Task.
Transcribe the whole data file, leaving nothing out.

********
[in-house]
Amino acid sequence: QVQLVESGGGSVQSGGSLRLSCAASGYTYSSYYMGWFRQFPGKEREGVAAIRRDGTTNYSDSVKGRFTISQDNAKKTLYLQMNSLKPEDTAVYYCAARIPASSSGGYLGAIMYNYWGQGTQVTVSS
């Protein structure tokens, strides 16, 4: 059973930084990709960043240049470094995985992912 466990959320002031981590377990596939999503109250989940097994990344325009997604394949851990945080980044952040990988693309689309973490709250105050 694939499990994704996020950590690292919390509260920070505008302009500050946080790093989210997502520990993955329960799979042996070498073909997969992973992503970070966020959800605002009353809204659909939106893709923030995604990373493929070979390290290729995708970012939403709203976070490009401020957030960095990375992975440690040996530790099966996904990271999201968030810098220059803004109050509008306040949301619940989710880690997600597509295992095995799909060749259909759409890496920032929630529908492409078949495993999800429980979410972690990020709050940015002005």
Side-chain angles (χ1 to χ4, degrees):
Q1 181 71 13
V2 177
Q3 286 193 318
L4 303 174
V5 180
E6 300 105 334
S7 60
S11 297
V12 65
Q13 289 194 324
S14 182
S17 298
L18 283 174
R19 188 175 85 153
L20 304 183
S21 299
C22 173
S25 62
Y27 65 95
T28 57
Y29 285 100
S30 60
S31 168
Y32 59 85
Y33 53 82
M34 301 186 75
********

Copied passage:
[in-house]
Amino acid sequence: QVQLVESGGGSVQSGGSLRLSCAASGYTYSSYYMGWFRQFPGKEREGVAAIRRDGTTNYSDSVKGRFTISQDNAKKTLYLQMNSLKPEDTAVYYCAARIPASSSGGYLGAIMYNYWGQGTQVTVSS
């Protein structure tokens, strides 16, 4: 059973930084990709960043240049470094995985992912 466990959320002031981590377990596939999503109250989940097994990344325009997604394949851990945080980044952040990988693309689309973490709250105050 694939499990994704996020950590690292919390509260920070505008302009500050946080790093989210997502520990993955329960799979042996070498073909997969992973992503970070966020959800605002009353809204659909939106893709923030995604990373493929070979390290290729995708970012939403709203976070490009401020957030960095990375992975440690040996530790099966996904990271999201968030810098220059803004109050509008306040949301619940989710880690997600597509295992095995799909060749259909759409890496920032929630529908492409078949495993999800429980979410972690990020709050940015002005």
Side-chain angles (χ1 to χ4, degrees):
Q1 181 71 13
V2 177
Q3 286 193 318
L4 303 174
V5 180
E6 300 105 334
S7 60
S11 297
V12 65
Q13 289 194 324
S14 182
S17 298
L18 283 174
R19 188 175 85 153
L20 304 183
S21 299
C22 173
S25 62
Y27 65 95
T28 57
Y29 285 100
S30 60
S31 168
Y32 59 85
Y33 53 82
M34 301 186 75